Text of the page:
This idiom comes from the vocabulary of gardening and gardeners. It's used metaphorically - trimming buds before they grow means it's better to handle a problem while it's still small.
When something like a blizzard, hurricane or other natural disaster brings about widespread destruction, it's said to wreak havoc on its target.
Basically this expression is used to describe something that's no longer happening, being done or used, or fails to continue. For instance, a favorite among the '80s mix-tape crowd, cassettes eventually fell by the wayside when CDs were introduced.
Old wives' tales are long-held superstitions that, mostly, have no scientific evidence to back up their claims. For instance, "shaving makes the hair grow back thicker" is an old wives' tale, as are many about gender prediction (if you're carrying high, it's a girl - so they say).
"Great minds think alike" is actually part of a longer quotation; "Great minds think alike, and fools seldom differ." There is a variation to the expression that's also acceptable, which is: "Great minds think alike, small minds rarely differ."
The correct version, "first come, first served," simply means that each person will be served in the order in which they arrive. A commonly misused version of this expression, "first serve," though, doesn't mean the same thing - instead, it suggests that the first person to arrive is expected to serve those who follow.
When you "toe the line," you conform to what others - especially those in authority - expect you to do, to avoid causing trouble (or, to use another expression, "rock the boat").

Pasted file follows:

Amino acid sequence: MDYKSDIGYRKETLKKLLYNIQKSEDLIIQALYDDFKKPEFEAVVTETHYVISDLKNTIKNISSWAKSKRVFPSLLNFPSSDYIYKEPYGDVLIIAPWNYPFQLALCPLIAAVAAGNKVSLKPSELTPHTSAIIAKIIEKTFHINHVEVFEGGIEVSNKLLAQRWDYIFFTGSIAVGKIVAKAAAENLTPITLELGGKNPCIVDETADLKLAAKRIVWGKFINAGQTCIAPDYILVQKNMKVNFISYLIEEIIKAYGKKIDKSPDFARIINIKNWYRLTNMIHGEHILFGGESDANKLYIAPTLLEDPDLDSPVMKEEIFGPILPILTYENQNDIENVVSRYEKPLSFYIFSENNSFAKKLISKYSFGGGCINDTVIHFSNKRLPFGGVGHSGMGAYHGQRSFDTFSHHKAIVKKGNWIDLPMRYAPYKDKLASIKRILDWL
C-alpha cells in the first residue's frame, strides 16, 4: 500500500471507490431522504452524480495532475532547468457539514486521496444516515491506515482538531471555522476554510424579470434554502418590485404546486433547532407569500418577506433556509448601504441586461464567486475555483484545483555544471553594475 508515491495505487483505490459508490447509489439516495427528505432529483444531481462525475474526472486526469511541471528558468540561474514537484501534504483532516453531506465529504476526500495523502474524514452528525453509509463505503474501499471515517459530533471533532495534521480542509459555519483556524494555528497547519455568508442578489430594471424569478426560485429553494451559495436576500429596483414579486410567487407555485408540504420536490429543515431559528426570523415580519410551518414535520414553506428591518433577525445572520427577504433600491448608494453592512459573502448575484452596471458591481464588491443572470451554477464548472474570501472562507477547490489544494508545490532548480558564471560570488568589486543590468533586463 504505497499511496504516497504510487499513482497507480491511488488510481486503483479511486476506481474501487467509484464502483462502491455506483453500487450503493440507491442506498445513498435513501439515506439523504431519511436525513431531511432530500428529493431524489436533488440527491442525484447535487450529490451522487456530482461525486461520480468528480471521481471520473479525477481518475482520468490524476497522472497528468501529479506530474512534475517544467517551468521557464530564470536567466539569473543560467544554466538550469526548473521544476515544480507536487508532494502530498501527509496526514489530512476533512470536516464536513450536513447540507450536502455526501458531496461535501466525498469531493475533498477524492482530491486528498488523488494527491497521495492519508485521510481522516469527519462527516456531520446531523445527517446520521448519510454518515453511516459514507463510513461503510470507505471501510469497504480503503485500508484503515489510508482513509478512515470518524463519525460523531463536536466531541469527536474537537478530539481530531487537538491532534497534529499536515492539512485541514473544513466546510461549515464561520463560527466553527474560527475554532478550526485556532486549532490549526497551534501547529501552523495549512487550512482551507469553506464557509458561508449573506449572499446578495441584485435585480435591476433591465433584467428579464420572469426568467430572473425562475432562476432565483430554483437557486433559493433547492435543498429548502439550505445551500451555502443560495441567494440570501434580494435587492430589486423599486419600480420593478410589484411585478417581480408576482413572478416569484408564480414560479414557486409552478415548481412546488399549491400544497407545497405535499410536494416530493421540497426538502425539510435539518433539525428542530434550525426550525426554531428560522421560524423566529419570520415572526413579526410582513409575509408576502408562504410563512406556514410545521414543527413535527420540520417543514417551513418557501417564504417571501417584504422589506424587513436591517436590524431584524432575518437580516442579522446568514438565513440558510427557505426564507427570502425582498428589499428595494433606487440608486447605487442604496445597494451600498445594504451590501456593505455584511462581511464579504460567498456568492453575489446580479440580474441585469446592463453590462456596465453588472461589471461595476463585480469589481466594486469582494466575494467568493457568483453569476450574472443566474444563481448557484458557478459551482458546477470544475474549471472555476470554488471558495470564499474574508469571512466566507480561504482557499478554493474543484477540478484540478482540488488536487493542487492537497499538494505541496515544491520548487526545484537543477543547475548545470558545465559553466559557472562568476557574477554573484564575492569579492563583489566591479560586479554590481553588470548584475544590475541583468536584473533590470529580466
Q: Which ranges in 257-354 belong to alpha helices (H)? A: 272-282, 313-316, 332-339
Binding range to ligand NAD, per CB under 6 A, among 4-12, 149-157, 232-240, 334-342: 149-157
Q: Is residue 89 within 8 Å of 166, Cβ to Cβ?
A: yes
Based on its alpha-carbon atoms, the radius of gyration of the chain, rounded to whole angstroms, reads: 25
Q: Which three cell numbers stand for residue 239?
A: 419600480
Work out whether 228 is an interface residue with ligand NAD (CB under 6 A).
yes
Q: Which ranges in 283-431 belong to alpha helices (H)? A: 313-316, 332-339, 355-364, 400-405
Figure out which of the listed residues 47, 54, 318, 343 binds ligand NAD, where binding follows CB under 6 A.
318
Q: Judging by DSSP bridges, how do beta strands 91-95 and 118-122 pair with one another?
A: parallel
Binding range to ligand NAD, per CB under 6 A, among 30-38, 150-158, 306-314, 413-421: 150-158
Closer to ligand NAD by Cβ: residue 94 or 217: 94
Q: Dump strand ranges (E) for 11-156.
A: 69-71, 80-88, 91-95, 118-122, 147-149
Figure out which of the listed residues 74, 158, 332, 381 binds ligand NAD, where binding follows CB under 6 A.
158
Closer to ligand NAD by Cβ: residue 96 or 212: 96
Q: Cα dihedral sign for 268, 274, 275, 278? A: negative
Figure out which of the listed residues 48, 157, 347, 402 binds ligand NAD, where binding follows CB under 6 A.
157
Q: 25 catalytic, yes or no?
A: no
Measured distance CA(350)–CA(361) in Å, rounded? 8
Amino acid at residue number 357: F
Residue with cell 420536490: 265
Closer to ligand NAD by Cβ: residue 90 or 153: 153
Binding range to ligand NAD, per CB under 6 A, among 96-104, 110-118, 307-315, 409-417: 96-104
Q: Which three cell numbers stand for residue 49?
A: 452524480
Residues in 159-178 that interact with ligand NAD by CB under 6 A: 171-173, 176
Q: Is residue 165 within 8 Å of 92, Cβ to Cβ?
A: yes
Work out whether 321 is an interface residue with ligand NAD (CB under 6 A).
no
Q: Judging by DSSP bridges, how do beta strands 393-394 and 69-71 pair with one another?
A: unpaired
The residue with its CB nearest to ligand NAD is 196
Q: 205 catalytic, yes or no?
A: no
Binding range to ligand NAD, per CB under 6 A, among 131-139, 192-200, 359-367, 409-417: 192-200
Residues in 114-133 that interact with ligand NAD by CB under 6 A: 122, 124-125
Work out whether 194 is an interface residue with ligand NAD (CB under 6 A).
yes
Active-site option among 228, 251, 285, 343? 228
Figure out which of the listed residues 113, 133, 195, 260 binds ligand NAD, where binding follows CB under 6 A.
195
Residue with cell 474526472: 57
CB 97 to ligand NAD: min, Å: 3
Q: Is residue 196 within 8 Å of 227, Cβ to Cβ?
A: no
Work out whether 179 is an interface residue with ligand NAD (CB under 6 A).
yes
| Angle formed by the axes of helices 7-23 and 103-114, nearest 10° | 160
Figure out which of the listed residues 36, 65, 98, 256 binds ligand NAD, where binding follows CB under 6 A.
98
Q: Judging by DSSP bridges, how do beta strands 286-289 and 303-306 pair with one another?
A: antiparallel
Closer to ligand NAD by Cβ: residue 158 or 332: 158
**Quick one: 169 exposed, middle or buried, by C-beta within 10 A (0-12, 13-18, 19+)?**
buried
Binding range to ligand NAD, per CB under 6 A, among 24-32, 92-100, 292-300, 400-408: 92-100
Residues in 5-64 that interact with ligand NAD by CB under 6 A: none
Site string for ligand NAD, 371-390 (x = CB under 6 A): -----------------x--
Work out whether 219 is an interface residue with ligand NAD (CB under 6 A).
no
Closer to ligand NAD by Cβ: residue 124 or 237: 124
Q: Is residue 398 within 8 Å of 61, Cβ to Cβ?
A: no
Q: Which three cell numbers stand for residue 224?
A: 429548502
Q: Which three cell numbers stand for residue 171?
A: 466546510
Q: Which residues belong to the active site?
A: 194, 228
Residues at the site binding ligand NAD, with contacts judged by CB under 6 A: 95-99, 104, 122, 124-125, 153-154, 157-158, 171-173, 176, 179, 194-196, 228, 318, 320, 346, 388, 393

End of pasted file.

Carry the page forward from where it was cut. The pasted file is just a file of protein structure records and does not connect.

When you wait with "bated" breath, you're feeling anxious or excited - or even fearful - that you're almost holding your breath. If you're waiting with "baited" breath, though, then you may want to grab a mint - fishermen use "bait" to catch fish.
"Champing at the bit" is an expression that we get from horses and horseracing - specifically how some chew the bit (a mouthpiece) when they're eager or impatient. Outside the horseracing world, we use it to describe a person who is very excited or anxious.
"Tact," a common misuse of this expression, refers to sensitivity in social situations. The correct expression, "a different tack," comes from boating, where to "tack" means to turn abruptly in a different direction.
A "case in point" is a specific, illustrative example of what you've been talking about. For example: A local shopkeeper spoke to the panel about community inclusion. Case in point: he spoke of how the coffee shop's downtown location also provides jobs and training for people with disabilities.
If you think that, you’ve got another think coming. Most people don't know this one, instead saying, "you've got another thing coming." However, the original version, from at least a century ago, includes the word "think."